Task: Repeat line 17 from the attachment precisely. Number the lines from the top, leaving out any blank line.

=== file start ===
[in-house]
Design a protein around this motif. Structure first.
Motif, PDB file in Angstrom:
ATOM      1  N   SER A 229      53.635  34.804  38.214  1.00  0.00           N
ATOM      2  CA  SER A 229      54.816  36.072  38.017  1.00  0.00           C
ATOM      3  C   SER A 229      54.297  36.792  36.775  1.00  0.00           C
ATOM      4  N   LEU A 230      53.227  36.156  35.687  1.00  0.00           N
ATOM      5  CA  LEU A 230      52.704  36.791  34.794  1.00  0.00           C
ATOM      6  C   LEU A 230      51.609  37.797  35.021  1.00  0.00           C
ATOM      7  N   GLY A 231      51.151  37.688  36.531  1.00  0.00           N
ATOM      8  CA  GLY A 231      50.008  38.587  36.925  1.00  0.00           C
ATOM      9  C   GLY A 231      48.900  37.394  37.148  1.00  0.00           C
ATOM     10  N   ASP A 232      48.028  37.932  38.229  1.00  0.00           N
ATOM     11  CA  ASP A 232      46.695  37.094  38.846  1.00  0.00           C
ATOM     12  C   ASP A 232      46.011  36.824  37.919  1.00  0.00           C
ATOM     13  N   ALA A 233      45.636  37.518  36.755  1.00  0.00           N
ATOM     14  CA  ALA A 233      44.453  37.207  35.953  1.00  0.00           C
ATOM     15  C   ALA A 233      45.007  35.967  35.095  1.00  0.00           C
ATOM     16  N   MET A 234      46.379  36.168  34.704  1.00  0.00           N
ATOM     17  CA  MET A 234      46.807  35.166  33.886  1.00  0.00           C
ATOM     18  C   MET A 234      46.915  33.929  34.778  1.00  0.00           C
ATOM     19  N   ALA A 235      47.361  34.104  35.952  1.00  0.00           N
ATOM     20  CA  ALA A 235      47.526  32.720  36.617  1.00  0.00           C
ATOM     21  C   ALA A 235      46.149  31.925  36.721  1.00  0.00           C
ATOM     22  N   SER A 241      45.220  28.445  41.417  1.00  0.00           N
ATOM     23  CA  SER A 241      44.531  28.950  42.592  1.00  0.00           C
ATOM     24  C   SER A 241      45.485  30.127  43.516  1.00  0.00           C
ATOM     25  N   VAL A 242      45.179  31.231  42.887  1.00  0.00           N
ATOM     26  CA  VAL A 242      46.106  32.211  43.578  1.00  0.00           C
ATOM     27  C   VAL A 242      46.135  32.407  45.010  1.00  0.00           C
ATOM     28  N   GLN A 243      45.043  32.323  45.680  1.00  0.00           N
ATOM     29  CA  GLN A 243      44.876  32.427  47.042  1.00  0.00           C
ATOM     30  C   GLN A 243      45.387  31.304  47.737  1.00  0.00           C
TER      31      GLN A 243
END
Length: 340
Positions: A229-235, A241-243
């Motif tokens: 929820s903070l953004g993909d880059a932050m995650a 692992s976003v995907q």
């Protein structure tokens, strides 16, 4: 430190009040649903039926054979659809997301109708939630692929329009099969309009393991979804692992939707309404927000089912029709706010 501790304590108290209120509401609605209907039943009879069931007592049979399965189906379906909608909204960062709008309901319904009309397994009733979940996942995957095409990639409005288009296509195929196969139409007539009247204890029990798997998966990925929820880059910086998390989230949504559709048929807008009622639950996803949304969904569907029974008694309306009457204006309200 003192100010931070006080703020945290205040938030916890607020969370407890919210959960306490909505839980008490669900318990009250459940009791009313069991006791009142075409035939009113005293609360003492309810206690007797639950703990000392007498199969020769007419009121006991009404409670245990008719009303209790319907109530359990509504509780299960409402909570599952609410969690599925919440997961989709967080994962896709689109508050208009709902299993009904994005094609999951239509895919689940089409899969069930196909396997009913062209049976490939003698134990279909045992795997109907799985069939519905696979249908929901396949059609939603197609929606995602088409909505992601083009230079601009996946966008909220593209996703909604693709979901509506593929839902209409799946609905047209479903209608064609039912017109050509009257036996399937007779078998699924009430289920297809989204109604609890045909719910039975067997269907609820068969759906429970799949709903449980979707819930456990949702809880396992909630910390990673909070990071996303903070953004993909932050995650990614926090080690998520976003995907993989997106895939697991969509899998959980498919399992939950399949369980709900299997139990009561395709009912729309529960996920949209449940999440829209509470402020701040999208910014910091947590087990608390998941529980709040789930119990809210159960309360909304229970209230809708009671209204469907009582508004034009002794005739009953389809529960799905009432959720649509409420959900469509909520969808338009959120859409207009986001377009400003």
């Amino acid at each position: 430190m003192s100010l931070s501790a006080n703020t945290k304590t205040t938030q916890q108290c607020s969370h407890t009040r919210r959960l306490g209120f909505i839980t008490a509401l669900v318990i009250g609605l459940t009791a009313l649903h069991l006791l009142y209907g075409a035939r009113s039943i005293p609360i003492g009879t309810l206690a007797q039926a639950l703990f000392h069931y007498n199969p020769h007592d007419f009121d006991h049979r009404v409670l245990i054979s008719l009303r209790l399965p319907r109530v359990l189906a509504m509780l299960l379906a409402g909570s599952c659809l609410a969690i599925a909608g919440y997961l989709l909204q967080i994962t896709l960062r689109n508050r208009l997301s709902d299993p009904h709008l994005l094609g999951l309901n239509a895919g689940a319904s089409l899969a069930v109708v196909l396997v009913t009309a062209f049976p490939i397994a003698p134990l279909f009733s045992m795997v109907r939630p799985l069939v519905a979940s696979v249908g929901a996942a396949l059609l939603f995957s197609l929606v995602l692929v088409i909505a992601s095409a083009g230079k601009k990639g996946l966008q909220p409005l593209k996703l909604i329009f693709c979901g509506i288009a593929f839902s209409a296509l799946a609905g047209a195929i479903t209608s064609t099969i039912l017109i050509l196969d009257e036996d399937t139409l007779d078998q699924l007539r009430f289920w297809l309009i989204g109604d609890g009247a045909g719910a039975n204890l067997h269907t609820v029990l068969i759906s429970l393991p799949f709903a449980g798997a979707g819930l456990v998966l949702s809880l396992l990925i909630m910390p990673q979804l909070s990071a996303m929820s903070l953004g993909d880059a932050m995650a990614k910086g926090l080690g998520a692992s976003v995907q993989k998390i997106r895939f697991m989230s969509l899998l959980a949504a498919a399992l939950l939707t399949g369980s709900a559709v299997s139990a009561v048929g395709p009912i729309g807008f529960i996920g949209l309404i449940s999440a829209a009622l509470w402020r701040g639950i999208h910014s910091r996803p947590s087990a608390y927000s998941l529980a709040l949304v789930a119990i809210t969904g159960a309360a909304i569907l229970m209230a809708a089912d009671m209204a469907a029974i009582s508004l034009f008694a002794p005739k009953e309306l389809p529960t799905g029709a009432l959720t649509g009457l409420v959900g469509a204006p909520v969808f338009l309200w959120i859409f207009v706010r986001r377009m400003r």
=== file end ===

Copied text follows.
ATOM     14  CA  ALA A 233      44.453  37.207  35.953  1.00  0.00           C